Elite US Para-Athletes in Scotland

A friend of mine, Alexander "Tank" Armstrong, is over in Scotland right now introducing what he calls the 'adaptive' classes to Scottish Highland Games. Tank competes in Highland Games here in America, as well as in Strongman sports, in which capacity he won America’s Strongest Athlete with Disabilities this year. Born in Canada, he came to America to serve in the US Army before his injuries.

Normally one says something about how it's great to see people overcoming difficulties and not losing spirit in the face of serious injuries, and that's true enough. But for me Tank is always the guy who came to me when I was down and discouraged and buoyed me up. As is always the case with the best kind of men, he isn't just carrying his own weight even though his weight is heavy. Everywhere he goes, he's helping others to succeed also. That's what he's doing over there in Scotland, opening up an old tradition to a new class of competitor to whom it will mean a lot.


Glenn Reynolds: "The next step in criminal justice reform is fewer laws."

It's a great argument.

Empowering the Powerful

I've heard these people proclaim that they are on the side of the oppressed, but by definition you don't make people less oppressed by further empowering the powerful. Moves to silence opponents at best makes a new class of oppressed, but there's no reason to think it'll help the old class. Insofar as their interests differ from those of the powerful, they'll just become more oppressed than ever.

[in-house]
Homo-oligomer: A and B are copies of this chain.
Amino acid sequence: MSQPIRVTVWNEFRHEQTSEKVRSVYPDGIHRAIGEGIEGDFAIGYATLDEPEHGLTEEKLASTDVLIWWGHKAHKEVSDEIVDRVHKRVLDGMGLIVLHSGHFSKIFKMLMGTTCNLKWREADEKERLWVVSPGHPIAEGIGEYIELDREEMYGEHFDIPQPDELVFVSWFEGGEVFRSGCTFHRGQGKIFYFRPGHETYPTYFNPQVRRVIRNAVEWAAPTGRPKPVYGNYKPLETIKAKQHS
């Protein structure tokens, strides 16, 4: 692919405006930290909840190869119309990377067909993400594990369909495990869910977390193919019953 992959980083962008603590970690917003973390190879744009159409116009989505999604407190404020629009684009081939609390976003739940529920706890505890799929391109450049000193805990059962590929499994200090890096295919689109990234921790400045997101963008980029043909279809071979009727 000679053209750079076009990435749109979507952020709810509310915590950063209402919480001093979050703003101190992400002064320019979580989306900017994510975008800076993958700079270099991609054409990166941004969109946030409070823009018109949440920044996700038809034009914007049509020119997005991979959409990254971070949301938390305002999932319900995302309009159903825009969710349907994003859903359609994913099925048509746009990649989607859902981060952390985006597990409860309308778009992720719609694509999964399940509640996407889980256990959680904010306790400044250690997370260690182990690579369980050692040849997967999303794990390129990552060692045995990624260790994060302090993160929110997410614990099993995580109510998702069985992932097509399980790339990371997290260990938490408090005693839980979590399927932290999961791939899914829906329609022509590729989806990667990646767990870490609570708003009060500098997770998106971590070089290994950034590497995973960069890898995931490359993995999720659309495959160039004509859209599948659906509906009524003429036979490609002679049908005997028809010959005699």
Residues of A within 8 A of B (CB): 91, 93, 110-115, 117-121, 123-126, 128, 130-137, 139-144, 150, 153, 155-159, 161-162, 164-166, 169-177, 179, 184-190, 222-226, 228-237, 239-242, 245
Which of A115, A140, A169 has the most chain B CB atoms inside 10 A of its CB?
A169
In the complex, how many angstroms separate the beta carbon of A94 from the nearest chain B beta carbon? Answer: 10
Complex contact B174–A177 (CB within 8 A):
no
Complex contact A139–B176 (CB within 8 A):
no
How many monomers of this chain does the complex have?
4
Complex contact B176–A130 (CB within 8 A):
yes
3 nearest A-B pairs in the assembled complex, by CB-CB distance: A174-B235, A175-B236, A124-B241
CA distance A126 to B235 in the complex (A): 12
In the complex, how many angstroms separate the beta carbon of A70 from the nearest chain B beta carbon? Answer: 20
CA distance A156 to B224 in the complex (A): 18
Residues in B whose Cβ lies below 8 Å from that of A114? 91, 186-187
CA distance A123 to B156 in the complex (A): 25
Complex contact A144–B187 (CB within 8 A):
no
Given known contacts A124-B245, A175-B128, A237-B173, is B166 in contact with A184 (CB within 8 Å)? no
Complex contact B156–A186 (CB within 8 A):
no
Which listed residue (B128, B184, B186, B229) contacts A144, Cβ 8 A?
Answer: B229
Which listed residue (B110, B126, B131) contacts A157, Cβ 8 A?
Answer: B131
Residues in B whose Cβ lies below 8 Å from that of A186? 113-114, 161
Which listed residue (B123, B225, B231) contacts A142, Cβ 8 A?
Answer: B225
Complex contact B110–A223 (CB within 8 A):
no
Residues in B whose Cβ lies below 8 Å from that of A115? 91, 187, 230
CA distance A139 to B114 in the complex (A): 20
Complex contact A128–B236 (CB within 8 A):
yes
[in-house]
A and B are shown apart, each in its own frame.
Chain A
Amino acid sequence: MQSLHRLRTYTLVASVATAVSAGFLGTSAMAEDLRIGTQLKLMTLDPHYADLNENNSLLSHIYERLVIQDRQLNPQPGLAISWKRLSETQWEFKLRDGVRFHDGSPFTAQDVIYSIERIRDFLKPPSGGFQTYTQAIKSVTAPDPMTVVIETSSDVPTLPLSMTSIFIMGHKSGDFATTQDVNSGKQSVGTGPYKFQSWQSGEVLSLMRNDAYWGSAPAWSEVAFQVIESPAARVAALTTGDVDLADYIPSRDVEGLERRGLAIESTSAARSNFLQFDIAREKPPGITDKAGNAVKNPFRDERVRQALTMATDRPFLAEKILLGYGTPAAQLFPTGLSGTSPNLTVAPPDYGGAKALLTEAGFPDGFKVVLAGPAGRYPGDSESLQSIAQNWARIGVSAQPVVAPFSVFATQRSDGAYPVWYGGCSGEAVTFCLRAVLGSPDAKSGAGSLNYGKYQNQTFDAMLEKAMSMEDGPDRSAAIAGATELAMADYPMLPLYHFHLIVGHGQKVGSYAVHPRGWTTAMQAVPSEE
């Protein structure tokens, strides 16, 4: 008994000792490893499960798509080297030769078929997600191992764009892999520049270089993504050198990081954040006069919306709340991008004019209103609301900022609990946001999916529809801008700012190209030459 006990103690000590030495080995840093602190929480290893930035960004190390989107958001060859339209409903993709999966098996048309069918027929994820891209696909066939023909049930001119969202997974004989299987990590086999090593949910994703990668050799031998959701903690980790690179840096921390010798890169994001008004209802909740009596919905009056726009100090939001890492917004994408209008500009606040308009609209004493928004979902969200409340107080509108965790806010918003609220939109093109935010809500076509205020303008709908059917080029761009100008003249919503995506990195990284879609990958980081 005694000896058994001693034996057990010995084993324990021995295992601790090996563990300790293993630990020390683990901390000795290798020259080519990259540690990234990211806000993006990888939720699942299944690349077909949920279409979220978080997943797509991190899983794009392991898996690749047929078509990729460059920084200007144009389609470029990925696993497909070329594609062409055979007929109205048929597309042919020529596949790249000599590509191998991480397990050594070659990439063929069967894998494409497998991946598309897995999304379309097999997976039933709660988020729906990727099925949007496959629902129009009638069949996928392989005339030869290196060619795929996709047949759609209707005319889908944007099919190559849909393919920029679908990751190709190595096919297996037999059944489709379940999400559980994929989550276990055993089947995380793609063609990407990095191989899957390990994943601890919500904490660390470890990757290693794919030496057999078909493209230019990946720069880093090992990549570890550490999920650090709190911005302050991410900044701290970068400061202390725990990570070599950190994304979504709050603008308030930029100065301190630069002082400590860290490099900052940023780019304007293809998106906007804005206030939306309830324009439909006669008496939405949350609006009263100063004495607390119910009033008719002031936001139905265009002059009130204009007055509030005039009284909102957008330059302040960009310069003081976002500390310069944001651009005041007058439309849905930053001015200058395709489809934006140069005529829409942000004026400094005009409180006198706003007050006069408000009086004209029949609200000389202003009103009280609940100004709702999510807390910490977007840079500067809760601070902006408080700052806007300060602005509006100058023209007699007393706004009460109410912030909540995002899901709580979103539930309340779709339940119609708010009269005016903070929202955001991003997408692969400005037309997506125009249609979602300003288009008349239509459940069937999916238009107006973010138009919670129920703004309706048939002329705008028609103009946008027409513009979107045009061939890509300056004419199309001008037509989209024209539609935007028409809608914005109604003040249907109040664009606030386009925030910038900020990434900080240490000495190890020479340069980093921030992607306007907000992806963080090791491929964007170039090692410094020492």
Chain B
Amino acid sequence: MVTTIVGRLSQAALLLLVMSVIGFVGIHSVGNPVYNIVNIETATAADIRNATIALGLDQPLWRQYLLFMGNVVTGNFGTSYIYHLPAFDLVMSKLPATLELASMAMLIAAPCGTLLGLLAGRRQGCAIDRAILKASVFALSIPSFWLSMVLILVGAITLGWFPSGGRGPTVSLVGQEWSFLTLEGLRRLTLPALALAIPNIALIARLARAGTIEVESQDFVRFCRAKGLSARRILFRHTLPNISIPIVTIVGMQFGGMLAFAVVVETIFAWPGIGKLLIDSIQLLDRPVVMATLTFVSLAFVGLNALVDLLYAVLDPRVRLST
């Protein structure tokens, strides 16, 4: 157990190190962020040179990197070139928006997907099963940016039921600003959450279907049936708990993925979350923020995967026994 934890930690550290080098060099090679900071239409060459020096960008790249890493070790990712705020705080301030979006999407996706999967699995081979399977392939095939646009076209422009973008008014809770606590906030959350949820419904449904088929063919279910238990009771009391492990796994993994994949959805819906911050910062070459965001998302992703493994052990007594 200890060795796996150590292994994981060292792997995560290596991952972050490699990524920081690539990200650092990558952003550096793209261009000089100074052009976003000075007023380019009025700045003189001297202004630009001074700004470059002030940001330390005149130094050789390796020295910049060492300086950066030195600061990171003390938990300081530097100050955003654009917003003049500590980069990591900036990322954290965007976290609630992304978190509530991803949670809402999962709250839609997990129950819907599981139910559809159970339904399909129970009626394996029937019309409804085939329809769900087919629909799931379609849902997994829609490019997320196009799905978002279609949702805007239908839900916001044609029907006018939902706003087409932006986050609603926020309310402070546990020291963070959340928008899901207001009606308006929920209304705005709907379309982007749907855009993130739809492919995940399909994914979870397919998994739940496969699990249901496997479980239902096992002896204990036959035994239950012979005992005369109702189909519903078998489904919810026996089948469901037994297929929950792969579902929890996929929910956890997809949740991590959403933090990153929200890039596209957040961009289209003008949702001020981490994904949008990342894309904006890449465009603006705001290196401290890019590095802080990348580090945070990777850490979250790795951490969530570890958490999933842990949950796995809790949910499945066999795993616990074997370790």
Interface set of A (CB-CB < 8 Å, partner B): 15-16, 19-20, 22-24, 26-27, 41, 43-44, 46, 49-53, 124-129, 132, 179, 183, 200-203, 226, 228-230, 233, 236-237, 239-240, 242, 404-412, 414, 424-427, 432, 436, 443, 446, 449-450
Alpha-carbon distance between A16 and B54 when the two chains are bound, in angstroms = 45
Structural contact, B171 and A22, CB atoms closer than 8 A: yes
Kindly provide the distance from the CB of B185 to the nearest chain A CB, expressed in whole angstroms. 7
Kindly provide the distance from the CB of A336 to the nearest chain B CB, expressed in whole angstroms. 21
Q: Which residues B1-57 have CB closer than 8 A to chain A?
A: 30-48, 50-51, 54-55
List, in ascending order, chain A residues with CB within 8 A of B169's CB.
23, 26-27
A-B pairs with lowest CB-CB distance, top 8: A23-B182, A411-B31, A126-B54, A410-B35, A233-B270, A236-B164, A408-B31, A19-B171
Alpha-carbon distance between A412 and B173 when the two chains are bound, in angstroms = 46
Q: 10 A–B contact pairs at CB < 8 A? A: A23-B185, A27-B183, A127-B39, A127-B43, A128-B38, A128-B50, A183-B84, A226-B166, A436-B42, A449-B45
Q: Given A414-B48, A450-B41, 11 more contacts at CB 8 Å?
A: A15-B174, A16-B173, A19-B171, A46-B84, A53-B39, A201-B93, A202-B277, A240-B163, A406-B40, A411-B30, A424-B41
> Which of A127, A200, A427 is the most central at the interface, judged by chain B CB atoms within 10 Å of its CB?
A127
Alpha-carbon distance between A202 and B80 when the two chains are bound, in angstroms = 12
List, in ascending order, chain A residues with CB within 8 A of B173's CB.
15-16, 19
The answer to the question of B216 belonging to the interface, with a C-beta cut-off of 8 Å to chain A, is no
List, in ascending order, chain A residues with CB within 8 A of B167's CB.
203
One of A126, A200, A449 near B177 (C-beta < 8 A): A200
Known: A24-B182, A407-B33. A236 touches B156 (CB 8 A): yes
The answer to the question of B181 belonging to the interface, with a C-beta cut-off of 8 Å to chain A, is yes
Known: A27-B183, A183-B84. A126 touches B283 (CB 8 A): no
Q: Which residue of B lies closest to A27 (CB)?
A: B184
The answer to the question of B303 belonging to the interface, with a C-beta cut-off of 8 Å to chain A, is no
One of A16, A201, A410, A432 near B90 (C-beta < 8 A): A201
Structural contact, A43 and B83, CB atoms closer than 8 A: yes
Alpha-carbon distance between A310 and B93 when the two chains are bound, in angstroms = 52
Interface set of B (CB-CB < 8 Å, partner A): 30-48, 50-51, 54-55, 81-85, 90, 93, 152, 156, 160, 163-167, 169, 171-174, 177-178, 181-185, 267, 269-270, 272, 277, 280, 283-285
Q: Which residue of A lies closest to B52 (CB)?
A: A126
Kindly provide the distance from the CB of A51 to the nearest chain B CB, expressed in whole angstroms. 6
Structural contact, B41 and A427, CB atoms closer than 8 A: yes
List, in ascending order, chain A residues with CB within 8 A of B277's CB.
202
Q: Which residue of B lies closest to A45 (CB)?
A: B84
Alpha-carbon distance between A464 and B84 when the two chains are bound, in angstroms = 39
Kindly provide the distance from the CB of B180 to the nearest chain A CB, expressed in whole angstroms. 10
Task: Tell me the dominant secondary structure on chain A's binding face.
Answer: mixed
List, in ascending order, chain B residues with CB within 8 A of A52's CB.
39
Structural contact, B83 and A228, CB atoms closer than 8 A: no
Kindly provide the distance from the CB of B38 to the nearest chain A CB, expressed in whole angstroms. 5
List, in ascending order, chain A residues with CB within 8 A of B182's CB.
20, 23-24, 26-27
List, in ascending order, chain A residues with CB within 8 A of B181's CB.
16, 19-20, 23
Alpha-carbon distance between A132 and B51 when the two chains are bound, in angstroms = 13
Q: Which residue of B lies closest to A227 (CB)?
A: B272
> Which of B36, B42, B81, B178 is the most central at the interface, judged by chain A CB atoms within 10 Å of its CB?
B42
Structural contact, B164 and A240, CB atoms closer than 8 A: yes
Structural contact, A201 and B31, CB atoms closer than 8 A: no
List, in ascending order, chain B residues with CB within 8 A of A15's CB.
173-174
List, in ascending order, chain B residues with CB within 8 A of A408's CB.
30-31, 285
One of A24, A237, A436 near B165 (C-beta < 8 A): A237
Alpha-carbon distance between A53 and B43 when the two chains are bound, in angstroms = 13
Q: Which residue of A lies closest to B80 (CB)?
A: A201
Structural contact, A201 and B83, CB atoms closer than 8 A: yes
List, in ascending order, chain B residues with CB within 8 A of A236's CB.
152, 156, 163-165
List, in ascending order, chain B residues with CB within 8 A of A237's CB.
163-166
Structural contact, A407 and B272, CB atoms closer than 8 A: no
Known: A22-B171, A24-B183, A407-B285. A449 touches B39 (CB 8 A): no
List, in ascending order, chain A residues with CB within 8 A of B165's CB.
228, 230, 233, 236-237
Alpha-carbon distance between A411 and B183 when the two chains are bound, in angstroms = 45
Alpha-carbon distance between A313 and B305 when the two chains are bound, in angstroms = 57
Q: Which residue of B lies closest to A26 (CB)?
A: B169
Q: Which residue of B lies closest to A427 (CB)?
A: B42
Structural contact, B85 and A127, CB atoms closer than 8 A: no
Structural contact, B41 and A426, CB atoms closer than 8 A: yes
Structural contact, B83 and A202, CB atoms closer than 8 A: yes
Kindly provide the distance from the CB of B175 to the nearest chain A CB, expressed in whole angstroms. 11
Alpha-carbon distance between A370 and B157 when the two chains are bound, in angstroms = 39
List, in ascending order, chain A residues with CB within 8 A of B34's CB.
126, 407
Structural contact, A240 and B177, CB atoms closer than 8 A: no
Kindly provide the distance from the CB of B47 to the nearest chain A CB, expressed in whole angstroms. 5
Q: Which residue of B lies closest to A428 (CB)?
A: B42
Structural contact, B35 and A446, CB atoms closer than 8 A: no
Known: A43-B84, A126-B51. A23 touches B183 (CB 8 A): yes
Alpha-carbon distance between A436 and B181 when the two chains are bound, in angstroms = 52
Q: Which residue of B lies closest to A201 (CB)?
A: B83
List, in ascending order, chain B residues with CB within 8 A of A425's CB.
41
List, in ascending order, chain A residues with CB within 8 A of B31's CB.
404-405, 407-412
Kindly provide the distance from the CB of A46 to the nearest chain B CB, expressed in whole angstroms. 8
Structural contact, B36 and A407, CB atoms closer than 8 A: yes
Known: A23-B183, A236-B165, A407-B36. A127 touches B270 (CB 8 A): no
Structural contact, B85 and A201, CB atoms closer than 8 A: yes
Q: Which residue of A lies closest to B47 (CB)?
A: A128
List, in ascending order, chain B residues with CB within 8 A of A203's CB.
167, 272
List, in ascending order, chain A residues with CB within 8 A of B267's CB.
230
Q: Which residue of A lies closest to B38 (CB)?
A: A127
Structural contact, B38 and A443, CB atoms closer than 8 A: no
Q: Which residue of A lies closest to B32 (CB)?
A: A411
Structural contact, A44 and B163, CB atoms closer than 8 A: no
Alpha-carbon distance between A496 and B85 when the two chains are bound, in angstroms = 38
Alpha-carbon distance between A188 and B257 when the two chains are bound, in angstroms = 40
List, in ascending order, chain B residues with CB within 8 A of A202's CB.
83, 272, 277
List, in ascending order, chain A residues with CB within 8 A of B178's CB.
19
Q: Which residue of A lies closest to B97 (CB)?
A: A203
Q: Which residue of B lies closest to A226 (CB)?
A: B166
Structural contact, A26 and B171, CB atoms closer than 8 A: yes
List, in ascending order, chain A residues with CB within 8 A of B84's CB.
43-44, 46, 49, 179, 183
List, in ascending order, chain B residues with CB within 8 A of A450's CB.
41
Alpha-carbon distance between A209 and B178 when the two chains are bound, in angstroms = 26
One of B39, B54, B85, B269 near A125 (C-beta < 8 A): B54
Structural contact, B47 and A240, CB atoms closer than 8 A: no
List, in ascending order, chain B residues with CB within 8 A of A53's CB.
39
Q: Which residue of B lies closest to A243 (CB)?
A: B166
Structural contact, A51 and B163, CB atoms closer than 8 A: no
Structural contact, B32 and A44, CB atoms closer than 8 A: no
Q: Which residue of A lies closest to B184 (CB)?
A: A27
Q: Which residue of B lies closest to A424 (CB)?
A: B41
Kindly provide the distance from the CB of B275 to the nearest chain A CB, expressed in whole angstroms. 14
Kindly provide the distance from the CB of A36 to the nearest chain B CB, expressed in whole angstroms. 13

AVI often says that we never get to defend the people we'd rather, and that's true here too. Alex Jones is a lunatic. But the reason I know that he's a lunatic is that his speech was freely available for me to read and consider. If the first time I'd heard of him was today, I might think he had something good to say. Making him a martyr elevates him in a way that won't work to anyone's good.

Free speech has to be fought for. It's the best thing for everybody, even if some people think they're too powerful to need the guarantee.

America Should Be Happy to Have Sikhs

This affair prompts this most recent in the occasional Grim's Hall series on Sikhs. The Sikh faith is perfectly suited to America and her Second Amendment traditions.
One of the tenets of the Sikh religion is that adherents must carry on their person a knife, called a Kirpan. The Kirpan is a reminder that the carrier should have the courage to defend all those who are persecuted or oppressed.